Unfortunately, the demons of distraction and procrastination still like to hang out in my office. Ugh! Good news is, I know my own worst enemies really well. Gradually, I’m learning to negotiate with them, so, my favorite co-worker, accountability, can kick them out and pull up a chair!

Here’s what accountability and I have been up to – and what’s really working:

Setting a timer. I try to follow a rigid routine during my scheduled writing time: For writing, I set a timer for one hour, take a 10-15 minute break, repeat. For research, I set a timer for a maximum of 30 minutes.

Monday accountability group. Every Monday, I do an email check-in with a group of kid-lit writers. We submit our goals for the week and report briefly on progress made the previous week. Wow! Keeps me honest and realistic! In our brief format, we manage to celebrate, challenge, and remind each other to keep plugging away, and that it’s okay to take a break.

Text-writing. Once a week, I have a writing “date” with another children’s writer. We text a few minutes before our start time to share what we’re working on or what we want to accomplish. Usually, we do two 45-minute rounds. Then, we briefly check in. We’re always amazed at how much we get accomplished in such a short time.

SCBWI Rocky Mountain Chapter critique group. Once a month, my SCBWI critique group meets in person. We’re the Story Spinners and we’ve been meeting monthly for 20 years. We email our work in advance, then, when we meet, each writer has 20 minutes for their work to be critiqued. When members don’t submit work, they can use their time to update the group on projects, invite brainstorming or advice on a project, share notes from workshops/classes, or etc. They’ve helped me think through SO many critical bits and pieces, such as how to end a pb or write a hook for a YA synopsis, a book title, an angle for a nonfiction article, and the list goes on. We hold separate meetings, as needed, to critique a member’s full manuscript.

Story Spinners are my rocks! Without their passion, drive, support, professionalism, desire to learn, confidence, nudges, wisdom and wit, I would have given up on my projects a long time ago.

SCBWI British Isles North East critique group. While living short term in England (twice), I met weekly with the same critique group. Through email, we continue to: exchange same genre manuscripts for overall feedback, check in bimonthly on current projects. We’re considering holding FaceTime meetings, as needed. They, too, are my rocks, my support group!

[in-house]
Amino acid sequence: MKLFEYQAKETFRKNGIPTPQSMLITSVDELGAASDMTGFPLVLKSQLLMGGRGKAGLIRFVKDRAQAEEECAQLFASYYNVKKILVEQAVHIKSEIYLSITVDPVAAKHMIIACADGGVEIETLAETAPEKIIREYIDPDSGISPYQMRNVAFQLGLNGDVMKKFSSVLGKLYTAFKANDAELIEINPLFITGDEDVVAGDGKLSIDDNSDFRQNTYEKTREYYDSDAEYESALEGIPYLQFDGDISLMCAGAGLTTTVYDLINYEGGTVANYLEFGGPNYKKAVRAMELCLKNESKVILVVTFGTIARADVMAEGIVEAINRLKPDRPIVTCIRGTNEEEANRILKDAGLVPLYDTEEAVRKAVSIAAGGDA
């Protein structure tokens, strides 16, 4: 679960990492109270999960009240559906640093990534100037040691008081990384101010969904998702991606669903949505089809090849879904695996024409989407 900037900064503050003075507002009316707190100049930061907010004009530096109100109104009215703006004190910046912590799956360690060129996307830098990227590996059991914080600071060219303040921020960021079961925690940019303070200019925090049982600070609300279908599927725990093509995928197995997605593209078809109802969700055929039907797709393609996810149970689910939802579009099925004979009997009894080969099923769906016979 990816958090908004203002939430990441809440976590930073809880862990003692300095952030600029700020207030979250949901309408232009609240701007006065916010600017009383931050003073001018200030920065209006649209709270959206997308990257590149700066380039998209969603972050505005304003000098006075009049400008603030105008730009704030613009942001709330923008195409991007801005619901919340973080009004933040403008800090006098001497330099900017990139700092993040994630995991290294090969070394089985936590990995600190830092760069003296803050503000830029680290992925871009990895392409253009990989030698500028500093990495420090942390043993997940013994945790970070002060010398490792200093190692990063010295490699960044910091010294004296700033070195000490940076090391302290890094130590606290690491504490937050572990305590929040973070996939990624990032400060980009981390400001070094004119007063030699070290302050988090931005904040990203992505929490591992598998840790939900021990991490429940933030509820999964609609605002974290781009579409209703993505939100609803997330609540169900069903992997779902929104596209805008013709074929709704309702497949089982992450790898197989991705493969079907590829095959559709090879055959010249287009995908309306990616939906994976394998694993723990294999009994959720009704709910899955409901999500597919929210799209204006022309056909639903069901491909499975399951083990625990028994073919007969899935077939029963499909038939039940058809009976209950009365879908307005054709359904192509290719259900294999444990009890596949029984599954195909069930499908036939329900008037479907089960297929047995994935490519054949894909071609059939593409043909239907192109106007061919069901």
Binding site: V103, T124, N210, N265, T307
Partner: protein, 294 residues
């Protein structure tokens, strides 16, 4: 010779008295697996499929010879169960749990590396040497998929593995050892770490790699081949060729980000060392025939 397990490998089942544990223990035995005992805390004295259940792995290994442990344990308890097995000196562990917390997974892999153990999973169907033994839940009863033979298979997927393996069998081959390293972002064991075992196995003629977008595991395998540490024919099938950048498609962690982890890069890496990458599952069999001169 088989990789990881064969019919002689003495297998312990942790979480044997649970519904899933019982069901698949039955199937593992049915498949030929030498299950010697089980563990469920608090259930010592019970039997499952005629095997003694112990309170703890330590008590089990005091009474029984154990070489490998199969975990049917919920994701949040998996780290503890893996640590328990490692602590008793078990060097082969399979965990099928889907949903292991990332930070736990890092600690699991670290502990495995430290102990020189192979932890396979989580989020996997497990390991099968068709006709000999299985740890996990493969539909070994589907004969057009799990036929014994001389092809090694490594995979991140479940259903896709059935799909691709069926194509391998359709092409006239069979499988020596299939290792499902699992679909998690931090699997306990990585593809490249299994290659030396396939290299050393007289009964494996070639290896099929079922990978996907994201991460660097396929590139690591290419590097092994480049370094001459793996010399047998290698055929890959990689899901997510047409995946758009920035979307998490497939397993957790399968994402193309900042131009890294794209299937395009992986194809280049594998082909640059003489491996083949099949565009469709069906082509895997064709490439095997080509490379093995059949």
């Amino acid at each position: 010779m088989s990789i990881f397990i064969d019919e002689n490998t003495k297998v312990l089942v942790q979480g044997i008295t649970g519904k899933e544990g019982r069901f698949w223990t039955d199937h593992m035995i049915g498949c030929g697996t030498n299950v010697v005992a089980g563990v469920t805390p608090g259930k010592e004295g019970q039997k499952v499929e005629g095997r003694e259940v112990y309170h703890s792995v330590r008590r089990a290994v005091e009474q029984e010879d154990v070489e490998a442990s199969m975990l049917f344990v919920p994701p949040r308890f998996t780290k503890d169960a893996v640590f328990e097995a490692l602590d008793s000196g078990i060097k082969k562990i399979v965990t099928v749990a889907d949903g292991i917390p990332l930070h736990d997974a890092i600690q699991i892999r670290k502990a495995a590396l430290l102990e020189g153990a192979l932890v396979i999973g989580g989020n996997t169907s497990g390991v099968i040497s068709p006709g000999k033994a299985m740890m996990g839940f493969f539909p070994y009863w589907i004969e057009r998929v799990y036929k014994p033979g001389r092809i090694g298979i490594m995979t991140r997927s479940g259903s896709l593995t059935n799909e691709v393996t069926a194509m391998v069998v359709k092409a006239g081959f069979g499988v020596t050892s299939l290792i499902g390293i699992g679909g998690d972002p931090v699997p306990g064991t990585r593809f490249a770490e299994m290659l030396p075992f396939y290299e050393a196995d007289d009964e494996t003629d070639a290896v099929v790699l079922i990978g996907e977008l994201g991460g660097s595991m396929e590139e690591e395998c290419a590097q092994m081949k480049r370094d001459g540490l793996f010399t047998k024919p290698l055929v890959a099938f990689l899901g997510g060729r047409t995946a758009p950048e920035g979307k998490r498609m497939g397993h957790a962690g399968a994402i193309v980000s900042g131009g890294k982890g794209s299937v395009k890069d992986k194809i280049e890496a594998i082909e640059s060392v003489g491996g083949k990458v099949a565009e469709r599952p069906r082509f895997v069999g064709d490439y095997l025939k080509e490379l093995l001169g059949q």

Oops! My alarm is going off. I have to get back to work on revising my YA. Goodbye!

 

Writing is hard, hard, messy work. Going out and doing talks and signing books is all wonderful, but a writer has to return home and go back to work.   

Julia Alvarez, author of AFTERLIFE, BEFORE WE WERE FREE, ALREADY A BUTTERFLY

 

 

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Filed under critique, Karen McChesney, Revision process, Uncategorized

Be A Word Nerd!

By Rondi Sokoloff Frieder

You’ve heard it all before. Show don’t tell. Limit your use of adverbs. Create gorgeous metaphors. And the most important writing rule of all – Use strong verbs!!! But this is often difficult to do when you are working on an early draft. When you are further along in the revision process and ready to edit your work for “word choice,” try using some of the following strategies:

Mentor texts

Study outstanding books in your genre. Then, along with paying attention to the development of the main character’s arc and the twists and turns of plot, take note of the author’s exceptional use of language. This might mean underlining or highlighting words as you read. I keep a list of “words I love” on the Notes App on my phone, especially when I am listening to an audio book. I later transfer this list to my manuscript file in Scrivener and keep a second list in Word. Some of these words seep into my subconscious and suddenly appear in my writing. Others do not. That’s when I go back and read through the list again until I find a word that perfectly captures my character’s mood and motive.